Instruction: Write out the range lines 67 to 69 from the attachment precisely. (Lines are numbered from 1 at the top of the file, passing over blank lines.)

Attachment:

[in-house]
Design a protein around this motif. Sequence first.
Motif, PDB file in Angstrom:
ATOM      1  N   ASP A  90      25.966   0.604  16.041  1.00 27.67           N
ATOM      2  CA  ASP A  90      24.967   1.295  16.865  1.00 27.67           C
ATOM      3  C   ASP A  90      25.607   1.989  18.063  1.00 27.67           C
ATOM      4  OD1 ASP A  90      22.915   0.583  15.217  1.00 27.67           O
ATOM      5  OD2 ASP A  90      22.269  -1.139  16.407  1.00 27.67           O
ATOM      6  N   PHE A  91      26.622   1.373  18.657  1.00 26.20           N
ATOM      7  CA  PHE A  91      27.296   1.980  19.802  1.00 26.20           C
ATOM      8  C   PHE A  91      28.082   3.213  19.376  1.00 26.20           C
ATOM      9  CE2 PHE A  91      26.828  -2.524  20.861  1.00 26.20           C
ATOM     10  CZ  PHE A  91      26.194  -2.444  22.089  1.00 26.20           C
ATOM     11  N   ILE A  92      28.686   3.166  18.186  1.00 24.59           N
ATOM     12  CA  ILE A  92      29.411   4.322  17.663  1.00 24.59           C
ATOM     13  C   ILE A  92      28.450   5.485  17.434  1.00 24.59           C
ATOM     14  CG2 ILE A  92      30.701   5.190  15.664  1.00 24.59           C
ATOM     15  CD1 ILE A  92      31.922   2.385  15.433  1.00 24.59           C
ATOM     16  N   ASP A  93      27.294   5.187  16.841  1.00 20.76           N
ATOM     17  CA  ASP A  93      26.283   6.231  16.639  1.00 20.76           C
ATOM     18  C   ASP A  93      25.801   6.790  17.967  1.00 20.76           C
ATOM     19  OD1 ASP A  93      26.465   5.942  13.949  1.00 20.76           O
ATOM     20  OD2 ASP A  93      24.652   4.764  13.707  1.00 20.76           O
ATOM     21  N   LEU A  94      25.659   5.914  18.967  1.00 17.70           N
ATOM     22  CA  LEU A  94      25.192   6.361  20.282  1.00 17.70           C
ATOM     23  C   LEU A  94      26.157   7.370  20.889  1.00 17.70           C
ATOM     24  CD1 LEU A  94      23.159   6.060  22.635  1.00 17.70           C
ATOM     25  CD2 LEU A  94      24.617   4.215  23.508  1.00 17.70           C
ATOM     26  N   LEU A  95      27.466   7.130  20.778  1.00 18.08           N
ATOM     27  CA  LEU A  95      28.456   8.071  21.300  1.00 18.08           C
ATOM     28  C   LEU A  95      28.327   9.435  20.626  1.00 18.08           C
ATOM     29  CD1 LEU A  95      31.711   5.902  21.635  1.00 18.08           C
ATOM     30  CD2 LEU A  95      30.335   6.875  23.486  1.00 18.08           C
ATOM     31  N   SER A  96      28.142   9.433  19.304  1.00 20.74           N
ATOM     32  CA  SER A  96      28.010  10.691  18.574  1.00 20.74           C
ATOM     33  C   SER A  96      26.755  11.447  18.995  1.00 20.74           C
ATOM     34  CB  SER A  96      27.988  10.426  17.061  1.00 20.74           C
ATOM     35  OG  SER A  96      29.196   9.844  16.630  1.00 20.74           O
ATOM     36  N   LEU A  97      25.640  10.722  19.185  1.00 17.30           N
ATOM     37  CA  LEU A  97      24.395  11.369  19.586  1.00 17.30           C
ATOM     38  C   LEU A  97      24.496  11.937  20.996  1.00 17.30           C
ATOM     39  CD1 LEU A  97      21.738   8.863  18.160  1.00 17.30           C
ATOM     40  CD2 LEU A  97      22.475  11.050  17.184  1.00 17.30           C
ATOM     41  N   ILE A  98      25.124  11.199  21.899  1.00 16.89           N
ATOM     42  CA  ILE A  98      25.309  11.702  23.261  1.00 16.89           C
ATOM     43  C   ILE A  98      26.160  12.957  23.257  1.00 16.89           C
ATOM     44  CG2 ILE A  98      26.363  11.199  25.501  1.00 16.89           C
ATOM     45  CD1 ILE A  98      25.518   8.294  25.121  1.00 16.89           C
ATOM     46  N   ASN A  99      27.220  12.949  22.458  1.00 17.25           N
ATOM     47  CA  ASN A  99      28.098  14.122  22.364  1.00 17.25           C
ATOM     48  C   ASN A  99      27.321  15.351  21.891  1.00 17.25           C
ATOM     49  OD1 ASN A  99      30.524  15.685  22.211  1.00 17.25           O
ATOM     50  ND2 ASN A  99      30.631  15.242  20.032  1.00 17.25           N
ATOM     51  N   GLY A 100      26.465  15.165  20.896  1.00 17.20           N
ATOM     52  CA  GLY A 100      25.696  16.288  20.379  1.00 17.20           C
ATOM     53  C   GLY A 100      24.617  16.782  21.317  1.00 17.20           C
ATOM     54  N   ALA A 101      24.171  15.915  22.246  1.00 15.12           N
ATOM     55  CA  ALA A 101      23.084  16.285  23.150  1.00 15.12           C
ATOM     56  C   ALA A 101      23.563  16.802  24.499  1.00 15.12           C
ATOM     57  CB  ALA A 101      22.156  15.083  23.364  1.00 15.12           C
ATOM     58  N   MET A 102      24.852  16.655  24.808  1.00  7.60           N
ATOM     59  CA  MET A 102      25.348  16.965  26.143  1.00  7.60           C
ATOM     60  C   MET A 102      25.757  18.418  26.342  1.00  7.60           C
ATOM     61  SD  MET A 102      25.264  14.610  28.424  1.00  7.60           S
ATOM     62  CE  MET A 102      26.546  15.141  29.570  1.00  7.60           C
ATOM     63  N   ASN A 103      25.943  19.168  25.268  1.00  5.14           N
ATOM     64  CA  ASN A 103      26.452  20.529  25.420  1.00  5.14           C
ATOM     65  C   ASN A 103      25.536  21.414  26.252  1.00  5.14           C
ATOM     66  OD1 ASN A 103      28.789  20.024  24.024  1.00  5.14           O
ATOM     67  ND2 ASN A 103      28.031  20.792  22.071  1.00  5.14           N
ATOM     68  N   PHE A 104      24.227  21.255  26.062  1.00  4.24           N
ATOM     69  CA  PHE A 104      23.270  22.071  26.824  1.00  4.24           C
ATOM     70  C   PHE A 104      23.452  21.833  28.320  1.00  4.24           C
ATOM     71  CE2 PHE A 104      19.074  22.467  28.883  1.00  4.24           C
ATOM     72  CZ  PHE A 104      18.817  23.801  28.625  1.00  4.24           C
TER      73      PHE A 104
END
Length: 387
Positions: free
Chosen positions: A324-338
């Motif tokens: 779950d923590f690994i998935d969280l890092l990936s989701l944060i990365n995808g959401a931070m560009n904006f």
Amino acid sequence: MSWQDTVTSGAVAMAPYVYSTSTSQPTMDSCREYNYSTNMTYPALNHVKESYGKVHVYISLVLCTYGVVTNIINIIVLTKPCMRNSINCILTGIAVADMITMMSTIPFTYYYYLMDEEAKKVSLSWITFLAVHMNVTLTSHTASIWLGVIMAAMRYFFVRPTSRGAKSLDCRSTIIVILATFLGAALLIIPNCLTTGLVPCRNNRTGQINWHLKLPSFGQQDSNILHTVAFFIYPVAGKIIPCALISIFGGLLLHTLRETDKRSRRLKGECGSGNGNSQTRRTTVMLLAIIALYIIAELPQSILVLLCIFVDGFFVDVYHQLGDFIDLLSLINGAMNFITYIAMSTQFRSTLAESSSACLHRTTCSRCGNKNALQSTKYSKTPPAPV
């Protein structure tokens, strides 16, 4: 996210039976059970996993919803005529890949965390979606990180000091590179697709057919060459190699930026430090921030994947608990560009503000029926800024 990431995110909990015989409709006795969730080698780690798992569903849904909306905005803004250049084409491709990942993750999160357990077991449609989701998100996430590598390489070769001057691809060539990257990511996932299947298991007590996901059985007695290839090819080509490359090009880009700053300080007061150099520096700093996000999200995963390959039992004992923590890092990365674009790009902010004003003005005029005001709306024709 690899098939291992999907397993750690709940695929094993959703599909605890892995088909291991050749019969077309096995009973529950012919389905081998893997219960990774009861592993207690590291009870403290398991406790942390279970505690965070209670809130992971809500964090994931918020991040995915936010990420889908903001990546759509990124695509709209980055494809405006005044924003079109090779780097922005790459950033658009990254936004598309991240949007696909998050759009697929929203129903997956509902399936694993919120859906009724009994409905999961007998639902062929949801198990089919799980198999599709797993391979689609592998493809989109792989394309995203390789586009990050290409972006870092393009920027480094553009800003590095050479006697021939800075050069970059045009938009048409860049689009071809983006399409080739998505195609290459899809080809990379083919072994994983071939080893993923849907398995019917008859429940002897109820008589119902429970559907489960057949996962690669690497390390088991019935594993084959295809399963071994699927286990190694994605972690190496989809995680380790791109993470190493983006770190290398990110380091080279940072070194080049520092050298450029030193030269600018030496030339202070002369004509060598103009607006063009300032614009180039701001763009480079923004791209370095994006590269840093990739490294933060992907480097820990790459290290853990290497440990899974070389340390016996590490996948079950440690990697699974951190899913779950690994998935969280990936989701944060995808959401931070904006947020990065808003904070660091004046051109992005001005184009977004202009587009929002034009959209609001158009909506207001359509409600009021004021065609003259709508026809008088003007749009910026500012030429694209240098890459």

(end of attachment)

ATOM     64  CA  ASN A 103      26.452  20.529  25.420  1.00  5.14           C
ATOM     65  C   ASN A 103      25.536  21.414  26.252  1.00  5.14           C
ATOM     66  OD1 ASN A 103      28.789  20.024  24.024  1.00  5.14           O